Big Mama Sailing is owned and operated by a small family (Stu, Lisa, Fletcher and boat dog Coco). They offer a personalised and memorable sailing experience. They are based in Horseshoe Bay, Magnetic Island but are happy to pick up and drop off at Breakwater Marina, Townsville for private and large group bookings. Bring your own alcohol is welcome. Big Mama is a beautiful and well maintained Adams Ketch. They live on board, so they are welcoming you into their home. Big Mama has plenty of deck space to relax in a bean bag, read a book in the comfortable inside saloon or join in the fun and action of sailing. All meals and food are freshly prepared on board and are delicious, wholesome and plentiful. Big Mama is an unforgettable experience..

Billabong Sanctuary

Billabong Sanctuary offers Australia’s Best Interactive Wildlife Experience! Located just 20 minutes south of Townsville on the Bruce Highway, they feature native animals in natural habitats of eucalypt forest, rainforest and wetlands. As a small boutique park we specialize in memorable personal experiences: Cuddle a koala, pat a wombat, pose with a python, pat a dingo, and feed the cassowaries. You could even hold a baby saltwater crocodile! Free-ranging kangaroos will hop up for a pat. Most interactive experiences are free-of-charge and you can use your own camera to capture the moment. They are one of the few places in the country where you can hold a koala for a souvenir photo! This dream-come true experience takes place twice a day, morning and afternoon, so you won’t miss out. Twice-daily croc-feeding shows are thrilling to watch, as these mighty reptiles power out of the water to snatch their food. Throughout the day friendly Rangers present dynamic and impassioned talks, which are both inspiring and entertaining. Our focus on conservation has earned us Advanced Ecotourism Accreditation.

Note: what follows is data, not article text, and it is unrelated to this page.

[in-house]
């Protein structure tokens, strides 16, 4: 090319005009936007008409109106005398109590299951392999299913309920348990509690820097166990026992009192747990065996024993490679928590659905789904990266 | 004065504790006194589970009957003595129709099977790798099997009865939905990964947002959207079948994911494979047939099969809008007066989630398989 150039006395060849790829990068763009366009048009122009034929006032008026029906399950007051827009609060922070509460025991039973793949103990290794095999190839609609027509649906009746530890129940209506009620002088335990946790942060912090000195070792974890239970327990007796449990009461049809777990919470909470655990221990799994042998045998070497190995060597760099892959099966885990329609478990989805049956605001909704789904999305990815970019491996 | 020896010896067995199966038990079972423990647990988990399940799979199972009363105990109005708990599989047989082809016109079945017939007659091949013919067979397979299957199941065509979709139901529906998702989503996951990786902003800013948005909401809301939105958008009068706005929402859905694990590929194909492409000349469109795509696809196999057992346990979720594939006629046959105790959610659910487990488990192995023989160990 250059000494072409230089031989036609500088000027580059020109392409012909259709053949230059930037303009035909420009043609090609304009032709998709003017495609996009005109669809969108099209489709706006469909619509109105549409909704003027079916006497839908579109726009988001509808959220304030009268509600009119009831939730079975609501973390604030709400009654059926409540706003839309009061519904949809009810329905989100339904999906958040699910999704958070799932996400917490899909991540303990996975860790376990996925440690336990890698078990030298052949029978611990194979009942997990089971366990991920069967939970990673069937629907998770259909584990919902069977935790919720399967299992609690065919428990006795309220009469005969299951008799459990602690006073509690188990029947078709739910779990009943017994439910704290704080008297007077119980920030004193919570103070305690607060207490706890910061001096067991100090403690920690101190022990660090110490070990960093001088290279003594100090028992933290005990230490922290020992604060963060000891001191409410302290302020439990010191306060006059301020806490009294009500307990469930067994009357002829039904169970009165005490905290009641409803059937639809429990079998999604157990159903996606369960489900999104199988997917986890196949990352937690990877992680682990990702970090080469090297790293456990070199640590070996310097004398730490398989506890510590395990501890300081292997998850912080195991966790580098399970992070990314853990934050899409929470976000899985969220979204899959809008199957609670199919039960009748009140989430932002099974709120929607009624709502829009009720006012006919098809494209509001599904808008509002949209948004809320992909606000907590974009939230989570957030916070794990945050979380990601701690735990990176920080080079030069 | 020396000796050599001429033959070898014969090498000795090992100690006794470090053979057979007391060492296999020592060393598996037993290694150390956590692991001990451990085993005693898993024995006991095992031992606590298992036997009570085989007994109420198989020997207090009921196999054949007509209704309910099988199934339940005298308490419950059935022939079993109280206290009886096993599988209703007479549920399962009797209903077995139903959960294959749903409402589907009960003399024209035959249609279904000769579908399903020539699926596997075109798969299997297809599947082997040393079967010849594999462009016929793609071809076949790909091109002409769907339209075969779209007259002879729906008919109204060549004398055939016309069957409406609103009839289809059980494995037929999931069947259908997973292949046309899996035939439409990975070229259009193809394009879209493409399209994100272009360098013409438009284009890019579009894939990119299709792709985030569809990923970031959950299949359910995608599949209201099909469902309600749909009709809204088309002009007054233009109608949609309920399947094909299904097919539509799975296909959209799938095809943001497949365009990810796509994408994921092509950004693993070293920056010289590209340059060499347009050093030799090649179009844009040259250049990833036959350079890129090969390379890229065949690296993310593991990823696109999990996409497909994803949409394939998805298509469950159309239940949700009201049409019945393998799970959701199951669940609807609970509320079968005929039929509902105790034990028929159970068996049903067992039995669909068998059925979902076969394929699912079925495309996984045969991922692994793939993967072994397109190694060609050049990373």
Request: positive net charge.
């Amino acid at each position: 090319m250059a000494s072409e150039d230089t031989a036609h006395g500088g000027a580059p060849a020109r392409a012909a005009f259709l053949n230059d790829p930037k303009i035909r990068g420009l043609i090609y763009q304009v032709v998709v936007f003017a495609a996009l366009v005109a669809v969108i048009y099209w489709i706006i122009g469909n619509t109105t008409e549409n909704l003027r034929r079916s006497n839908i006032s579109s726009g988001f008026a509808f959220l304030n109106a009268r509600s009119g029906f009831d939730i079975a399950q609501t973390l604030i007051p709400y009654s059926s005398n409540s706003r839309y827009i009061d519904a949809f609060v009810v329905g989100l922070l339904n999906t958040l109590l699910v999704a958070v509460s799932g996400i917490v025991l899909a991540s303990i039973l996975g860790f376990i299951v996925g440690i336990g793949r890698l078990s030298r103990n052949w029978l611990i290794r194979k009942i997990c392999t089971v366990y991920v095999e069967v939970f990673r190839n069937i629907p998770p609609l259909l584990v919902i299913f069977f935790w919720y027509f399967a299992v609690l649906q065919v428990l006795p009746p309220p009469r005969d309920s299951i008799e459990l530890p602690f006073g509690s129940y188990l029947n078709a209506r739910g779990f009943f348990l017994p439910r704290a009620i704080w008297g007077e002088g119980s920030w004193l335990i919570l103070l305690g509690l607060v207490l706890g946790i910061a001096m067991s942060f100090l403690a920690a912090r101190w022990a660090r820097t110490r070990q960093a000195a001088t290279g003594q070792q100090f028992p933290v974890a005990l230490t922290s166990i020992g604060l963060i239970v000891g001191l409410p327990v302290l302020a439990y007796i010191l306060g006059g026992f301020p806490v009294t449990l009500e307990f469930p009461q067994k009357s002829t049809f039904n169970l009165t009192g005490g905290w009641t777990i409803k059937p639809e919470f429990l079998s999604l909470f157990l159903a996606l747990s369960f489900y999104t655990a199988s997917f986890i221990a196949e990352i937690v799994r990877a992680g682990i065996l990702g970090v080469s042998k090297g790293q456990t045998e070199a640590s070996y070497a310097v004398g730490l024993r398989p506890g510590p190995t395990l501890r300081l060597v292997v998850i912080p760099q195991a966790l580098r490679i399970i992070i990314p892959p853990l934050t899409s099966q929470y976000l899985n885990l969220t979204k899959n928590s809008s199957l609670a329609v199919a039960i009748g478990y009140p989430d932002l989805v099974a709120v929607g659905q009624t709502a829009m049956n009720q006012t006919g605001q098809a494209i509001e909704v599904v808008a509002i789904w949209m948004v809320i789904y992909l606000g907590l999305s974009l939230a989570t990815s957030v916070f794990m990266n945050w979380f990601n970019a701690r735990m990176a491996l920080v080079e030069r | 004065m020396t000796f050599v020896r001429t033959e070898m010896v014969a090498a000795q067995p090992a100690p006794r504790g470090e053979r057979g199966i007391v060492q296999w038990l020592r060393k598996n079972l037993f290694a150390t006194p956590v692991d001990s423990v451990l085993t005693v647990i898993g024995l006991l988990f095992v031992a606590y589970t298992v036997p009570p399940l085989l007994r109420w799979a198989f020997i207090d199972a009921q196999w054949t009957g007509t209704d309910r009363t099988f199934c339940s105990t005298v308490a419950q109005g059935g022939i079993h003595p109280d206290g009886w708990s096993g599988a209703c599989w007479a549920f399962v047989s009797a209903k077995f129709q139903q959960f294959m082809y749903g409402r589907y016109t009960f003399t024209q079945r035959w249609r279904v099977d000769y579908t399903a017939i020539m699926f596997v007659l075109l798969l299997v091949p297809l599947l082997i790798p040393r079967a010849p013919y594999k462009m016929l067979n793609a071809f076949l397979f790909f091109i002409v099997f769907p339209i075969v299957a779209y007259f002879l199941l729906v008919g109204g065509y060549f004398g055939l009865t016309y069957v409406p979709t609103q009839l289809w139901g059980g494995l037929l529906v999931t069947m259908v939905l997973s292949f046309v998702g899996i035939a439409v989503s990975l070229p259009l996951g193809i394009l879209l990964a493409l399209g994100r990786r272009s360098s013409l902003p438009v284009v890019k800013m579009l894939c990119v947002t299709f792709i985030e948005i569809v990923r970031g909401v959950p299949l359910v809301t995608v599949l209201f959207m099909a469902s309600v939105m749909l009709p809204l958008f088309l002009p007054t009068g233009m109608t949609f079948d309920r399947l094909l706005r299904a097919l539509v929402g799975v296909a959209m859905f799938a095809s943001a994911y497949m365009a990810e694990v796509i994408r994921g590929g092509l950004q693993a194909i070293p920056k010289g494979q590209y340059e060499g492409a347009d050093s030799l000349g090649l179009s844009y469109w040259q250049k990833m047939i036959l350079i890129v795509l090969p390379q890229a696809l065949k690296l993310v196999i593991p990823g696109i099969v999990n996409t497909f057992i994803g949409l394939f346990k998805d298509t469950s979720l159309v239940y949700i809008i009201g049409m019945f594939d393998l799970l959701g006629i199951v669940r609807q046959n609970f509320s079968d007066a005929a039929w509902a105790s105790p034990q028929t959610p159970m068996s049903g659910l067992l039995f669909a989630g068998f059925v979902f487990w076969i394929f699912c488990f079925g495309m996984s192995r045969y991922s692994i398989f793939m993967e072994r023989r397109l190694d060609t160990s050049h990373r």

Brandon Heritage Precinct

If your interests include machinery or history, make sure you visit the Brandon Heritage Precinct. With plenty on display, the complex is the base of the Burdekin Machine Preservationists. This group of machinery enthusiasts are happy to welcome visitors to view their collection of machinery, tractors and other relevant items of interest. The Brandon Heritage Precinct contains a Workshop area, Steam Shed and Blacksmith Shop and displays a collection of machinery that was used in the Burdekin District. The Burdekin Machine Preservationists have completed their restoration project of a 1910 Marshall C Class Tractor. This tractor, which is on display at the complex, is the only one of its class left in the world. Tours can be taken through the complex on Mondays between 9am and 4pm when the Burdekin Machine Preservationists are in attendance. Suggested entry is gold coin donation. They have a wealth of mechanical knowledge, so feel free to ask lots of questions.